“Despicable 3” Surprisingly Lively
By the time a third entry in a franchise rolls around, wear and tear begins to show in what was once considered fresh and inventive. And if the same filmmaker that brought parts one and two to the screen is in charge of ushering in the third go around, the odds of anything fresh being on the screen diminish greatly. Surprisingly, there’s more than enough gas left in the tank to make “Despicable Me 3” one of the more entertaining entries in this inexplicably successful franchise. That’s not to say that this Illumination Production has the depth or ambition of the films its rival Pixar produces, but it still proves to be serviceable fun.
Having let their chief nemesis, former child star, now raving, wannabe world dominator Balthazar Bratt (voice by Trey Parker) slip through their fingers, newlyweds Gru and Lucy (Steve Carell & Kristen Wiig) lose their jobs as spies with the international Anti-Villain League. At loose ends, the couple and three kids head to Freedonia where they discover that Gru has a long lost brother Dru (Carell) who has inexplicably made a fortune in pigs(?!?) However, this is all a ruse as he wants to resurrect the family tradition of villainy and hopes to recruit his sibling in his quest. Meanwhile, the Minions end up in prison having abandoned their former boss and the youngest of the brood, Agnes (Nev Scharrel) goes on a unicorn hunt that’s surprisingly fruitful.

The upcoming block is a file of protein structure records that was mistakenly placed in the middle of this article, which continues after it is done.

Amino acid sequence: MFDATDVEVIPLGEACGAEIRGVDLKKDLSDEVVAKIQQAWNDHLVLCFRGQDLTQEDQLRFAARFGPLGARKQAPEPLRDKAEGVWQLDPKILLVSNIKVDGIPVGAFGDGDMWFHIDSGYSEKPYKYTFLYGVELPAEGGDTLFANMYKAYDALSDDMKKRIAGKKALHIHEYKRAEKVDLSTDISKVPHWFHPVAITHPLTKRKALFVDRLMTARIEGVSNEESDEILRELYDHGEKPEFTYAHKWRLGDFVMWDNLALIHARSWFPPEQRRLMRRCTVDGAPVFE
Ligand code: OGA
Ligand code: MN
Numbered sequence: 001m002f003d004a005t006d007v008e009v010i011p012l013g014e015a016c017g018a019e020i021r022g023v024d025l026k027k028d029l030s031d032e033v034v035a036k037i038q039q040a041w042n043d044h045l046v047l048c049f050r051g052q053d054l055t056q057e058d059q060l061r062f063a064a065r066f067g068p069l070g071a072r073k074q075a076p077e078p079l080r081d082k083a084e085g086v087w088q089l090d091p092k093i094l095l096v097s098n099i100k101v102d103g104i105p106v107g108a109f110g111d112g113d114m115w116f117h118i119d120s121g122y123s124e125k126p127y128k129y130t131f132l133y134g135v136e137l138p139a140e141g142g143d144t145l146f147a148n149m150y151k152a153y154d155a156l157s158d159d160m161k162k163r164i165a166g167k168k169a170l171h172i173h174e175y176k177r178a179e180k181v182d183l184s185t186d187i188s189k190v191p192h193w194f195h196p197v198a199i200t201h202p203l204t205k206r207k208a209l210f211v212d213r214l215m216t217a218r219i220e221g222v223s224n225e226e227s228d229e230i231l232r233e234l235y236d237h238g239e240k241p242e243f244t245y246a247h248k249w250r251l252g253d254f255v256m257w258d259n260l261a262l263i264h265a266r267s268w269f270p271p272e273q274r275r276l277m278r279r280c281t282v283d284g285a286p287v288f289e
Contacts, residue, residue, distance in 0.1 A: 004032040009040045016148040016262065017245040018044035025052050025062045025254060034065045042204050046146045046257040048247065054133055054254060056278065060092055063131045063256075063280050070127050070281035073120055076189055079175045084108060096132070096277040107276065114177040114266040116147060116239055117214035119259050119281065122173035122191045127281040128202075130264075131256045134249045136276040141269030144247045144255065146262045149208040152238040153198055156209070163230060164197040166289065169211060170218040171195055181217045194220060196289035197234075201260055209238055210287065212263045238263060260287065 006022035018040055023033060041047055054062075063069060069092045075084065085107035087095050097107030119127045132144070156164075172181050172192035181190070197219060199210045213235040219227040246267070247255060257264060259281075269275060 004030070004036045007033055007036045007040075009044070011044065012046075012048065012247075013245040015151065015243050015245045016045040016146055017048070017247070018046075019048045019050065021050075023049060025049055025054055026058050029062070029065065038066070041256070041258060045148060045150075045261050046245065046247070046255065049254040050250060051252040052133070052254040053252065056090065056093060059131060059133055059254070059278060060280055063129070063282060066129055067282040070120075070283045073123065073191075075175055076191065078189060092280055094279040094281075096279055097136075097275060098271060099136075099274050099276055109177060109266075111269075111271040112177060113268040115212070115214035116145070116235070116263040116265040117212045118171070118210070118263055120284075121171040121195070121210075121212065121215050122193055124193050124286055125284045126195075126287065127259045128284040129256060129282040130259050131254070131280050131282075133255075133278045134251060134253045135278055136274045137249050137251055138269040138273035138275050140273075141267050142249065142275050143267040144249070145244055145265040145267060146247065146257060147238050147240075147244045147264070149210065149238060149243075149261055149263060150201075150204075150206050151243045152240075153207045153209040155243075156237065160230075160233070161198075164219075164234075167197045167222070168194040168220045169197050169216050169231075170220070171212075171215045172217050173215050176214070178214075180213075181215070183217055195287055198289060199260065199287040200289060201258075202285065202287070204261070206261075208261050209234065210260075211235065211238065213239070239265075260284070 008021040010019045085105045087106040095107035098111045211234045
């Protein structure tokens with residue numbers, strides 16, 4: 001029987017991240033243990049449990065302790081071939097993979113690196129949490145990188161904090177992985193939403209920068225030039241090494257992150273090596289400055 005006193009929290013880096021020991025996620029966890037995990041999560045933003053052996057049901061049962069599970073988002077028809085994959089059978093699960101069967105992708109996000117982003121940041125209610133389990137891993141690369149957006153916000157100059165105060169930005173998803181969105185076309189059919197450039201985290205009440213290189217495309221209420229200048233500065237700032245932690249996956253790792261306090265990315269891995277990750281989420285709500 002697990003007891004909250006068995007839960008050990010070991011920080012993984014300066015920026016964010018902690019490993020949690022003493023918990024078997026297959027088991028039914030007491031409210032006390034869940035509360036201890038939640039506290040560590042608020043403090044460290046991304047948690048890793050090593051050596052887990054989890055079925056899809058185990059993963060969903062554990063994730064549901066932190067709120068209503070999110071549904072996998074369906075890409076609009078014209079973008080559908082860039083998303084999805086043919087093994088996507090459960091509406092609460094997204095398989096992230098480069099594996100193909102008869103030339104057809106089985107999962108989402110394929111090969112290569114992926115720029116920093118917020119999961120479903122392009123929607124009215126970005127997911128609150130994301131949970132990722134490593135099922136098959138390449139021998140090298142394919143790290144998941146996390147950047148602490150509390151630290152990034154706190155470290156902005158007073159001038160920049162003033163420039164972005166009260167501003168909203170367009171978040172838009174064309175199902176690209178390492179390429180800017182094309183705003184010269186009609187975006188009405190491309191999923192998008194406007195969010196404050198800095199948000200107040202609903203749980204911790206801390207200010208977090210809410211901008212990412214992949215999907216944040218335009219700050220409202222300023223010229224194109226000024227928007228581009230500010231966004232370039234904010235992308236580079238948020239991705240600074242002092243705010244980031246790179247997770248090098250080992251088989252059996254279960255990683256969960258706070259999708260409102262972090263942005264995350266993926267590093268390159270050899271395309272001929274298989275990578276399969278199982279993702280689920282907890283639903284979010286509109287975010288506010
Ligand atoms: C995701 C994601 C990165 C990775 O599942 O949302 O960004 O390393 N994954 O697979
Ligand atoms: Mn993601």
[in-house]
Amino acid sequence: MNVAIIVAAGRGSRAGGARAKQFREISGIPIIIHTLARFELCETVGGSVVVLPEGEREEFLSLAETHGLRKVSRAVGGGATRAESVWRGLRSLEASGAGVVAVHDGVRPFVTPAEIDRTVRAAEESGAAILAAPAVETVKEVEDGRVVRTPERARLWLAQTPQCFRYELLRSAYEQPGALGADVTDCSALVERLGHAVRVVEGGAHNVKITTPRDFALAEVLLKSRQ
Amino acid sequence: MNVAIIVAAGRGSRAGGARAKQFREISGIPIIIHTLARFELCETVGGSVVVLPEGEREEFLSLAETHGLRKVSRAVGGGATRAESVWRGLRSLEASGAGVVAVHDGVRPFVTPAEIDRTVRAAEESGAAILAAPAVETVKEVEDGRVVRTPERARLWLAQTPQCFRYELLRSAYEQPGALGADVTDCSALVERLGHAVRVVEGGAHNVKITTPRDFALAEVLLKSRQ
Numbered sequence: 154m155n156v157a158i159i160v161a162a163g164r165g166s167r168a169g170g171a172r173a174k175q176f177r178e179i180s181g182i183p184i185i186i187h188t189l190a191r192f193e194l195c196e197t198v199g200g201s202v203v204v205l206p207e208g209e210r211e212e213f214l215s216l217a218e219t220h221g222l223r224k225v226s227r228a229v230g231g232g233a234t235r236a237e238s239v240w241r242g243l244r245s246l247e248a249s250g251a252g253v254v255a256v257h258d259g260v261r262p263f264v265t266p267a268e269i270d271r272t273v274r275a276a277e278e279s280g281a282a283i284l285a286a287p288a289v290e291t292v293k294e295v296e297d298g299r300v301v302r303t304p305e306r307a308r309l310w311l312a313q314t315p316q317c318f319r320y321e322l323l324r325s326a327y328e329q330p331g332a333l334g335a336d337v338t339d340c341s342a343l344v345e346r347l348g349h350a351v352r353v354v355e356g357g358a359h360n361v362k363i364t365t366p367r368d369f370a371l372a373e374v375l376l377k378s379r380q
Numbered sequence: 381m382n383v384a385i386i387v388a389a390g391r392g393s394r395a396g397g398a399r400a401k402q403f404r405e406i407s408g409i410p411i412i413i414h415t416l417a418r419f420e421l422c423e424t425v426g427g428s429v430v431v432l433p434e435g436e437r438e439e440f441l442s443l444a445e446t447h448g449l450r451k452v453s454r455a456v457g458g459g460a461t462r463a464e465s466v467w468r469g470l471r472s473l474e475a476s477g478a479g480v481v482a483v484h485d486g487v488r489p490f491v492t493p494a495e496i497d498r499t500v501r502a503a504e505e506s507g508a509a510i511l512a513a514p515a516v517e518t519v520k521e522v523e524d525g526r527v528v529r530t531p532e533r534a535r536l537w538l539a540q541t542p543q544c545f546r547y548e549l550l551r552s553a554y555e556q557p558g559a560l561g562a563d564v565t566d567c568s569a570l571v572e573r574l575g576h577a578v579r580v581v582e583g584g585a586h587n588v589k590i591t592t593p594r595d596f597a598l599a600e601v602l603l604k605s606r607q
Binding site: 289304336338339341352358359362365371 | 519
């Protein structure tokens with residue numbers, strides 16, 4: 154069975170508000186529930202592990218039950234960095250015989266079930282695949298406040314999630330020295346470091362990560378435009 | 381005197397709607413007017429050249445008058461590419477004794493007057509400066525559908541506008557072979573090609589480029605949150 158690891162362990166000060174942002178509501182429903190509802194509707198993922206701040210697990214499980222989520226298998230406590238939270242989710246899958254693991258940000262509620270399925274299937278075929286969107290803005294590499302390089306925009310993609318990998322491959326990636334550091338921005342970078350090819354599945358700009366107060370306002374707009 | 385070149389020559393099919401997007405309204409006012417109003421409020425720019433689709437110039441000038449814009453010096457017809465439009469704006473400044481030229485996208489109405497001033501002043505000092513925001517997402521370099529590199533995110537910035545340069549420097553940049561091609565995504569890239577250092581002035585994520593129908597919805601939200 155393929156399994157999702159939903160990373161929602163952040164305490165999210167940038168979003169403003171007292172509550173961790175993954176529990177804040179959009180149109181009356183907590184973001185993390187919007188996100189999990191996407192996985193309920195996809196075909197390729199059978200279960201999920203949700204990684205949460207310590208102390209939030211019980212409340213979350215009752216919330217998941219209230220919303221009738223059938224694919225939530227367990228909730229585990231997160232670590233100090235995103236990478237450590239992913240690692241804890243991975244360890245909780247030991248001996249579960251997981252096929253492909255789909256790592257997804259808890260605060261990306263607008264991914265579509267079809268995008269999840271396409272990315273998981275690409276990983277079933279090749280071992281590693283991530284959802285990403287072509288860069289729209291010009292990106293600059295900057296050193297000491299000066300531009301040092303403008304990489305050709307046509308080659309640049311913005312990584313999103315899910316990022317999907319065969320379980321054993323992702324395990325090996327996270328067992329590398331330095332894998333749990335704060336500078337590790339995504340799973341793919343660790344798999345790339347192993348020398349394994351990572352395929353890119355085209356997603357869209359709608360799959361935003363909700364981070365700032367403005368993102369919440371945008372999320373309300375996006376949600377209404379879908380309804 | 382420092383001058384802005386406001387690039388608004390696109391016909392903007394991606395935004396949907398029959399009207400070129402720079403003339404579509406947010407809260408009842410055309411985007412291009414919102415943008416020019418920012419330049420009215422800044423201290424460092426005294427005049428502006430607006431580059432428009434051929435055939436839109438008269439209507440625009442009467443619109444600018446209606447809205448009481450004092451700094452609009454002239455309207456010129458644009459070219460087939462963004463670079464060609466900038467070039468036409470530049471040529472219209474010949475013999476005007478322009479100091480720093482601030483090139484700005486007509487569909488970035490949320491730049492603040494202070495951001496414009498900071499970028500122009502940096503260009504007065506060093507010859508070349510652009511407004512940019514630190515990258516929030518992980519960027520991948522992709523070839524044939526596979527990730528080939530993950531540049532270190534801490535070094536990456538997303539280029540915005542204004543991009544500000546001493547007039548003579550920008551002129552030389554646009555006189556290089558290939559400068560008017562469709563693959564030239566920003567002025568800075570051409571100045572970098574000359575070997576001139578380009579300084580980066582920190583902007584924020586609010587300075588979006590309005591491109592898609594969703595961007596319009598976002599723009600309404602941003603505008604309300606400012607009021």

These movies have morphed into rather effective James Bond parodies with their overwrought action set pieces and outsized gadgets, gags I’m sure its young audience doesn’t understand. The film’s most effective element will likely fly over their heads as well. Bratt is a walking parody of the ‘80’s replete with mullet, legwarmers and headband, breakdancing instead of walking, grooving to a seemingly endless supply of Top 40 Hits from the decade. His dated quips and wardrobe provide no end of amusement, though I suspect all of this is pitched towards the parents of the movie’s demographic rather than the kids.
The film’s “more is more” aesthetic proves exhausting after awhile but the majority of the jokes hit rather than run aground and there’s no question that Carell is a very, very funny in the dual role as is Parker, dropping one dated bon mot after another. While it will never be held up as a model of originality, “Despicable Me 3” is far more effective than it should be, a feat that will be hard to duplicate with the inevitable fourth chapter.